Show up faster or we'll cut your funding. That's the stern message the Santa Clara County supervisors are giving to the San Jose Fire Department, which has failed to meet response-time expectations. Kris Sanchez reports.
Show up faster or we'll cut your funding.
That's the stern message the Santa Clara County supervisors are giving to the San Jose Fire Department, which has failed to meet response-time expectations.
The county pays the fire department a bonus to respond quickly, and in one out of seven times firefighters are not delivering.
"The last six months we've seen from San Jose are the worst six months we've seen," Supervisor Joe Simitian said.
Simitian said the fire department is in breach of its contract with the county, which requires firefighters to respond to Code-3 911 "lights and sirens calls" within 8 minutes 90 percent of the time.
Comparing stats for the month of January, the fire department exceeded that goal in 2010, 2011 and 2012. But between September of 2012 and June of last year, the department only met the goal an average of 88.1 percent of the time.
"If you're in San Jose 500 to 600 times a month, somebody's going to get there late," Simitian said. "And if you're a stroke victim or a heart-attack victim, that's the difference between life and death."
The county in response is threatening to yank $2.1 million in incentive pay for firefighters. It won't break the agency's $164 million budget, but Simitian hopes it'll be enough to make a point.
"We have a system that's designed to reward and encourage on-time performance and it appears to be having the adverse effect because San Jose's numbers are the worse ever over the last six months," Simitian said.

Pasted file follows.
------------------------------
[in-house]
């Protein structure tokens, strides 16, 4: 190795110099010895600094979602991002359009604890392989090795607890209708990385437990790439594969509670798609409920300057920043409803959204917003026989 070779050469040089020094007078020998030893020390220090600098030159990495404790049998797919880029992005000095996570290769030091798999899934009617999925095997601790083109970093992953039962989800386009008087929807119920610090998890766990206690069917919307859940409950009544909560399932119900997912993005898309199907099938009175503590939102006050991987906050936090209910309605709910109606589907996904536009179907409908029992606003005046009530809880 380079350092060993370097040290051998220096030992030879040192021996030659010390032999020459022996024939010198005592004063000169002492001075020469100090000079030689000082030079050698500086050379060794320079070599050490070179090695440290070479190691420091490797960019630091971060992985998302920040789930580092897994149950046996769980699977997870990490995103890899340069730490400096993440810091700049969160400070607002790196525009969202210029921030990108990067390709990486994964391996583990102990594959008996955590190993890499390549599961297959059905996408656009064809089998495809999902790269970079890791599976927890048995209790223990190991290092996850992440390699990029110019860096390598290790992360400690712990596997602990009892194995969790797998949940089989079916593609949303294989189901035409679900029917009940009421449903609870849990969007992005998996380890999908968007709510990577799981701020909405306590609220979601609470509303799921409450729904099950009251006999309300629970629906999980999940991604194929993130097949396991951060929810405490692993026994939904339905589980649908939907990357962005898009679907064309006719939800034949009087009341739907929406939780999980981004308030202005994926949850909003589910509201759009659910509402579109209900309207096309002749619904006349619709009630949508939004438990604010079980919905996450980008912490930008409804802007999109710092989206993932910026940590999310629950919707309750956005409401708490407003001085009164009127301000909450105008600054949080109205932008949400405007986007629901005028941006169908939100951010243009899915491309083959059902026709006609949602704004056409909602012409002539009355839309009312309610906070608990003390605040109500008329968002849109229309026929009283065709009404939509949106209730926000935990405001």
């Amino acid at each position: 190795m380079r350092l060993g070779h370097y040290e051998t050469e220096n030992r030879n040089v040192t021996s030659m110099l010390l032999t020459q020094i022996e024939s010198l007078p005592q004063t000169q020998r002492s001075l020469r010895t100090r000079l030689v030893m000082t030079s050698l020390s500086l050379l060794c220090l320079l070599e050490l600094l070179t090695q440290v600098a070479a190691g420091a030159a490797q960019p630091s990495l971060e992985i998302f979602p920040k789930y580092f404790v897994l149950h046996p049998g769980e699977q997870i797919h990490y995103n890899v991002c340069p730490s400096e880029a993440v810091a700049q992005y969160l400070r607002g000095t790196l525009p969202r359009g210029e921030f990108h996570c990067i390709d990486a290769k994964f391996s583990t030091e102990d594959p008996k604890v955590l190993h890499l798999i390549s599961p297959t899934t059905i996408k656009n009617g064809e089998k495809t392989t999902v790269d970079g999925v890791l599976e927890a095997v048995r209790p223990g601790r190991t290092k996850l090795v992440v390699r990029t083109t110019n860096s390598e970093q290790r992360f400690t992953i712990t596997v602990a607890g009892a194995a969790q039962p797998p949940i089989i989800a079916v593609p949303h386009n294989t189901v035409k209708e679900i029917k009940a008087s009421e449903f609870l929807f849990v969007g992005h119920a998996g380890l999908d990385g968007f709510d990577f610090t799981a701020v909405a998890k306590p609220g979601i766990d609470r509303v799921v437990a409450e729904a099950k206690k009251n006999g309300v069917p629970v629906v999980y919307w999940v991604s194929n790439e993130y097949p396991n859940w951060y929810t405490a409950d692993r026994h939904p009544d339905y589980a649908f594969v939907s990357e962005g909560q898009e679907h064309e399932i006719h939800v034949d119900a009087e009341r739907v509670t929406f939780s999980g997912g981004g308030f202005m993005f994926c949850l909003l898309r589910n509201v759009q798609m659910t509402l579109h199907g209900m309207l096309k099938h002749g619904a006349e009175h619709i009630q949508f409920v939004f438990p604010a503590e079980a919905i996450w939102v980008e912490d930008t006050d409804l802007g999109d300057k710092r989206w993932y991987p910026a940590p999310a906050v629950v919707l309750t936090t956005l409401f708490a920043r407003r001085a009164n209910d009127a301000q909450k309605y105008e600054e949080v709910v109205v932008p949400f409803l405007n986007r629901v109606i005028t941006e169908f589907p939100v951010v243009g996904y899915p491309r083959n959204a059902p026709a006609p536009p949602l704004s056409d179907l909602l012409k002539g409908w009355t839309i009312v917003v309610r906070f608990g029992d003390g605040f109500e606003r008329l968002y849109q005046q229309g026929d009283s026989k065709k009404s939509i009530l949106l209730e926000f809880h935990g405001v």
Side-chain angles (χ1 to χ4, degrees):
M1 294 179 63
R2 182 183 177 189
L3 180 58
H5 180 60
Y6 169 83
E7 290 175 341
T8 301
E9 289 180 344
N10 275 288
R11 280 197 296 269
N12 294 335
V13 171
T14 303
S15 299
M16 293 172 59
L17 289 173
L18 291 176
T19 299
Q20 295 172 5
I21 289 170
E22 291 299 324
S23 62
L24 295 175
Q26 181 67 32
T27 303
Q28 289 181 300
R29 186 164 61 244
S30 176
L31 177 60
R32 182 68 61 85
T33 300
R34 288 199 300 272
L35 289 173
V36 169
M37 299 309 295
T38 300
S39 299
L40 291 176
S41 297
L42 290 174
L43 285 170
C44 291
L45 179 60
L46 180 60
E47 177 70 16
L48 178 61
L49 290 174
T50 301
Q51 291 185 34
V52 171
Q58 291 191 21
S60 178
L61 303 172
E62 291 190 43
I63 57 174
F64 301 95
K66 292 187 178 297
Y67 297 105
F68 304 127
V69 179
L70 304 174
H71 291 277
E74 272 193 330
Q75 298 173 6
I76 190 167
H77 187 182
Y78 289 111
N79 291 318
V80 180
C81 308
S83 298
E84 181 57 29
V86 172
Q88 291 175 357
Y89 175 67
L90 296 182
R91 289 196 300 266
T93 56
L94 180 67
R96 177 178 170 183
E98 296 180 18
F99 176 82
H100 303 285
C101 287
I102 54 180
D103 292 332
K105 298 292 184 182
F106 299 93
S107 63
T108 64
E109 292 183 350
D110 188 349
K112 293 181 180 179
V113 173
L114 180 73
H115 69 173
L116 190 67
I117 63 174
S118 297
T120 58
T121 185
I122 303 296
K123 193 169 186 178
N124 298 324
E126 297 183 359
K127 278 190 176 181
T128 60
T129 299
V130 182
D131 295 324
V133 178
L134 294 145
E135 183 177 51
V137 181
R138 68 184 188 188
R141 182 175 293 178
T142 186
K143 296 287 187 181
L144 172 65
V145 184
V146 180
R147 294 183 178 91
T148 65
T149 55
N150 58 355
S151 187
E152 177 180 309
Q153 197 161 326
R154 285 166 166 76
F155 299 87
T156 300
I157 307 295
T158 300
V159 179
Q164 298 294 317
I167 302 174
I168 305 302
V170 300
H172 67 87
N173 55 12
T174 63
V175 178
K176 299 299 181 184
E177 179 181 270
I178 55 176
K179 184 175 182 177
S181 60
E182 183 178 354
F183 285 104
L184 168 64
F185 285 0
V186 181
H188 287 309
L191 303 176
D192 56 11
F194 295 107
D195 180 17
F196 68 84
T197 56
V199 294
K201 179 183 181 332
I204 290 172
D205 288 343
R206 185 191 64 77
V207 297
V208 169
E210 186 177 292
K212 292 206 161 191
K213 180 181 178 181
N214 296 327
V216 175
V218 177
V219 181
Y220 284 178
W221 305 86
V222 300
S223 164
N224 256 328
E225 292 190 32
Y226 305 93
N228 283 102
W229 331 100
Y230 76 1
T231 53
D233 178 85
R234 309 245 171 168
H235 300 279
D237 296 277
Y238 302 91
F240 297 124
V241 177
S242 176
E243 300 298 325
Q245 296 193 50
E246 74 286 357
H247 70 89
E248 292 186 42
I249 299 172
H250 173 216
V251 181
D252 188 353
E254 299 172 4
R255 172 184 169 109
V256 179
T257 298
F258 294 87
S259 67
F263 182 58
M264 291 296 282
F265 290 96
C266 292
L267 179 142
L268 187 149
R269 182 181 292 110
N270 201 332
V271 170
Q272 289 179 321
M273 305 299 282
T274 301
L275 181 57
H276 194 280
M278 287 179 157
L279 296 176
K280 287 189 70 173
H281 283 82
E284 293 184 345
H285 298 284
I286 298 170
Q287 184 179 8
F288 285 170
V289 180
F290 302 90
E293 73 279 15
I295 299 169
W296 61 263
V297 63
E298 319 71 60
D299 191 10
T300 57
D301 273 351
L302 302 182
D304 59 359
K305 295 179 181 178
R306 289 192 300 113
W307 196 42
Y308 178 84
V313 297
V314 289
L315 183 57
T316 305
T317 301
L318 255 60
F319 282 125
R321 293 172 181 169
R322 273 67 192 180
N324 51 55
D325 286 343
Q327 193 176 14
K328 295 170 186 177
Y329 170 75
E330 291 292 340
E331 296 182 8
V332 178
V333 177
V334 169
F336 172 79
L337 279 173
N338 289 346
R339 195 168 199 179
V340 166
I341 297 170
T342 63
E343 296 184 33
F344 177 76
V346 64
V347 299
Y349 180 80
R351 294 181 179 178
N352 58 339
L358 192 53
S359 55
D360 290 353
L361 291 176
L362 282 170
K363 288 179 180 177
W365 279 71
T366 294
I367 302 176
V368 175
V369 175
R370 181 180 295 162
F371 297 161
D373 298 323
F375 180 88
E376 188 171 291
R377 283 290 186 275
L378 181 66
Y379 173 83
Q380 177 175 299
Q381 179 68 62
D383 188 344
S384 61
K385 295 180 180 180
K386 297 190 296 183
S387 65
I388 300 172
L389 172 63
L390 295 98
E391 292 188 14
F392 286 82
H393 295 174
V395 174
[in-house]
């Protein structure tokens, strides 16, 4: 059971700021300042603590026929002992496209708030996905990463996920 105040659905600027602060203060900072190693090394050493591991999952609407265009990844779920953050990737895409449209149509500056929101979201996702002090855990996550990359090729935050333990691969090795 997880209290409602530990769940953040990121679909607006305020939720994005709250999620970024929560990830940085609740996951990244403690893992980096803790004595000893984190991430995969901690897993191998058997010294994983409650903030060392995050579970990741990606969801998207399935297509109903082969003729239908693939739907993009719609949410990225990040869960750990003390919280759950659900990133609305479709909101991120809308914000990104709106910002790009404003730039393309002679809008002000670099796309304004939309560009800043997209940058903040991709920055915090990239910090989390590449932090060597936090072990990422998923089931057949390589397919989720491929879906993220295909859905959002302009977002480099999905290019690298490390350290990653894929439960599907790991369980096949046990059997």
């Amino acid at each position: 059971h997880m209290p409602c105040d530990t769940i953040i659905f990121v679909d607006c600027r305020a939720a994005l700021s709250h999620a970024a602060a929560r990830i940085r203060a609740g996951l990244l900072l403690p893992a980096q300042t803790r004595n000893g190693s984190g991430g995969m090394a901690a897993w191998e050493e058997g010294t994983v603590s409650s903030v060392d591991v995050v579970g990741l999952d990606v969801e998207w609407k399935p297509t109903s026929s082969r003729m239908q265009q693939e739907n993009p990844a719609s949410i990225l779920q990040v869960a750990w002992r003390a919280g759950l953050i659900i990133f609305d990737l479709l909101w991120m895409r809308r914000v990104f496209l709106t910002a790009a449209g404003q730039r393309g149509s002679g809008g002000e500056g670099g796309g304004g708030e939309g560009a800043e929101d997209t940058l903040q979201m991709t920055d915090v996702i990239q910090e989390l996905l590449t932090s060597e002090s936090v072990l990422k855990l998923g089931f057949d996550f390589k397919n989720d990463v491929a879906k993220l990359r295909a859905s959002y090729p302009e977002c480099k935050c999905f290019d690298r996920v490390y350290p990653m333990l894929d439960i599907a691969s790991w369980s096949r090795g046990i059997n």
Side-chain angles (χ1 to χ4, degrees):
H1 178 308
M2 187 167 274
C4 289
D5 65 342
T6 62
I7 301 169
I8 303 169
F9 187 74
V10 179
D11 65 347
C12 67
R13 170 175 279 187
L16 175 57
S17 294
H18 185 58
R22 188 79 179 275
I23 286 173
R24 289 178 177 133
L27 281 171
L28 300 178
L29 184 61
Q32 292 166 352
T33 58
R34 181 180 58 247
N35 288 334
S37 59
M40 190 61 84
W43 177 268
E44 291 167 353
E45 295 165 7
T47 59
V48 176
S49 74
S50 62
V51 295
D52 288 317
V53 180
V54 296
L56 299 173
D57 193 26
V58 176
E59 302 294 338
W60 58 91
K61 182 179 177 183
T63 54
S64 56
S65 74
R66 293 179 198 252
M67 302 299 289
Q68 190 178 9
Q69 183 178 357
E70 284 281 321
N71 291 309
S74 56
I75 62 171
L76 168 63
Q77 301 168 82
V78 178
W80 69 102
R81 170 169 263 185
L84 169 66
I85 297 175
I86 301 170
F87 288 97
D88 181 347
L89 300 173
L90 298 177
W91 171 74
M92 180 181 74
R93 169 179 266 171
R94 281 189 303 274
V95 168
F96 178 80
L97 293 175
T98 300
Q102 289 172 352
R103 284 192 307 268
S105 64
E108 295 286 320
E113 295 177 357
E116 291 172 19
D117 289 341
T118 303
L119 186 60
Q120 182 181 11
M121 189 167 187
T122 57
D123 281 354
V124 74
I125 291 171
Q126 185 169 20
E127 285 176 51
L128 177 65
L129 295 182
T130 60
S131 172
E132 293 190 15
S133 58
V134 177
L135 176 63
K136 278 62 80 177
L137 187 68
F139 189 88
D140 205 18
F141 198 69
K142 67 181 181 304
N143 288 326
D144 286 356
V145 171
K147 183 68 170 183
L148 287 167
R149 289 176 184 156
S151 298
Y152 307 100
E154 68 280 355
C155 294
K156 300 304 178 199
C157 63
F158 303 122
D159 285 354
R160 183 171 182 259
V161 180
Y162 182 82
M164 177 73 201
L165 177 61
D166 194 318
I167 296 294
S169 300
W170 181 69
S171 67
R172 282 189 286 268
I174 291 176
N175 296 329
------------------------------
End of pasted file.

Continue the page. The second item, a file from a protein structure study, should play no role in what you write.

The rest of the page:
The fire department has lost personnel and equipment to budget cuts. But there may be another issue in the numbers as well.
In a letter from January 2013, then-Chief William McDonald told the city council that the department had been inconsistent in calculating response time as far back as 2009, excluding calls that took crews out of their coverage areas. Those calls may have dropped response times further.
"I wouldn't necessarily say there was a mistake," San Jose Fire Department Capt. Cleo Doss said. "I think we just calculated it a way that didn't give us numbers that were accurate or that we could stand by."
The department is still working to come up with a system the city and the county can agree on.
"The city has made decisions based on politics and not on data and now the data is catching up to them," said Robert Sapien, who heads the San Jose Firefighters Association. "And we're finding the city is grossly ineffective in delivering on their promise."